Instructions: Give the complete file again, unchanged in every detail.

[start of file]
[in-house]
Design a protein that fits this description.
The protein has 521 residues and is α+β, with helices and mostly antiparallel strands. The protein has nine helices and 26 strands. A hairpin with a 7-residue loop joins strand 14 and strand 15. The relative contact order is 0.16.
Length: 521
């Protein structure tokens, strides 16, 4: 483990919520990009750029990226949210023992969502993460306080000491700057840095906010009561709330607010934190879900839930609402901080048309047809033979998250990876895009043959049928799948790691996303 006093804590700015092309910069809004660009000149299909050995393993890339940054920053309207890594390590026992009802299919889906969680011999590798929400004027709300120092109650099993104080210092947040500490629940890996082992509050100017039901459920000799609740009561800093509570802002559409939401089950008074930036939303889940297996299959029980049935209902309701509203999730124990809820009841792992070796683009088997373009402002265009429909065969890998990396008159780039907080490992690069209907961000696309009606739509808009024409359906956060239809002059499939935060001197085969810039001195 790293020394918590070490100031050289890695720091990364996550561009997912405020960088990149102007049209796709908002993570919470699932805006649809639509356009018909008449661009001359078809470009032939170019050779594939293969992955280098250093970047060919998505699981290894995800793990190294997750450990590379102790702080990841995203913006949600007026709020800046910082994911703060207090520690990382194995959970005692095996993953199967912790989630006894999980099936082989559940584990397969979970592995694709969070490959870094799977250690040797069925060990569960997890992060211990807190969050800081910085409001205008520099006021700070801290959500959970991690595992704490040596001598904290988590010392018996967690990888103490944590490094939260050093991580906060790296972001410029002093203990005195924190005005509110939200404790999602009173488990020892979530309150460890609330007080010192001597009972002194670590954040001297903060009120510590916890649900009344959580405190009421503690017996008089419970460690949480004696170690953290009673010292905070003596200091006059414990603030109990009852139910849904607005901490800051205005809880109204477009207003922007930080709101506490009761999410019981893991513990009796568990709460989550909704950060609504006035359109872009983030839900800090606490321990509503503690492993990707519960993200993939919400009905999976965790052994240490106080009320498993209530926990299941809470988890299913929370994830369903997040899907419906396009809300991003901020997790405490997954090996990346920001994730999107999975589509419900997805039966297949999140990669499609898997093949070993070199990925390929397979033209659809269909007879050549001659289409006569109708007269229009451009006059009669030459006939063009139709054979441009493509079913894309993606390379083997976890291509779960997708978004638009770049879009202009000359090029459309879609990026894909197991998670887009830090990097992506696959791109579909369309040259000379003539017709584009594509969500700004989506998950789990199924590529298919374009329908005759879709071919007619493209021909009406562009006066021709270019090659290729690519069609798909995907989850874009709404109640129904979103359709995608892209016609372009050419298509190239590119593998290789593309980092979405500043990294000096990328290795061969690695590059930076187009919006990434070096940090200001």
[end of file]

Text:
[in-house]
Design a protein that fits this description.
The protein has 521 residues and is α+β, with helices and mostly antiparallel strands. The protein has nine helices and 26 strands. A hairpin with a 7-residue loop joins strand 14 and strand 15. The relative contact order is 0.16.
Length: 521
């Protein structure tokens, strides 16, 4: 483990919520990009750029990226949210023992969502993460306080000491700057840095906010009561709330607010934190879900839930609402901080048309047809033979998250990876895009043959049928799948790691996303 006093804590700015092309910069809004660009000149299909050995393993890339940054920053309207890594390590026992009802299919889906969680011999590798929400004027709300120092109650099993104080210092947040500490629940890996082992509050100017039901459920000799609740009561800093509570802002559409939401089950008074930036939303889940297996299959029980049935209902309701509203999730124990809820009841792992070796683009088997373009402002265009429909065969890998990396008159780039907080490992690069209907961000696309009606739509808009024409359906956060239809002059499939935060001197085969810039001195 790293020394918590070490100031050289890695720091990364996550561009997912405020960088990149102007049209796709908002993570919470699932805006649809639509356009018909008449661009001359078809470009032939170019050779594939293969992955280098250093970047060919998505699981290894995800793990190294997750450990590379102790702080990841995203913006949600007026709020800046910082994911703060207090520690990382194995959970005692095996993953199967912790989630006894999980099936082989559940584990397969979970592995694709969070490959870094799977250690040797069925060990569960997890992060211990807190969050800081910085409001205008520099006021700070801290959500959970991690595992704490040596001598904290988590010392018996967690990888103490944590490094939260050093991580906060790296972001410029002093203990005195924190005005509110939200404790999602009173488990020892979530309150460890609330007080010192001597009972002194670590954040001297903060009120510590916890649900009344959580405190009421503690017996008089419970460690949480004696170690953290009673010292905070003596200091006059414990603030109990009852139910849904607005901490800051205005809880109204477009207003922007930080709101506490009761999410019981893991513990009796568990709460989550909704950060609504006035359109872009983030839900800090606490321990509503503690492993990707519960993200993939919400009905999976965790052994240490106080009320498993209530926990299941809470988890299913929370994830369903997040899907419906396009809300991003901020997790405490997954090996990346920001994730999107999975589509419900997805039966297949999140990669499609898997093949070993070199990925390929397979033209659809269909007879050549001659289409006569109708007269229009451009006059009669030459006939063009139709054979441009493509079913894309993606390379083997976890291509779960997708978004638009770049879009202009000359090029459309879609990026894909197991998670887009830090990097992506696959791109579909369309040259000379003539017709584009594509969500700004989506998950789990199924590529298919374009329908005759879709071919007619493209021909009406562009006066021709270019090659290729690519069609798909995907989850874009709404109640129904979103359709995608892209016609372009050419298509190239590119593998290789593309980092979405500043990294000096990328290795061969690695590059930076187009919006990434070096940090200001």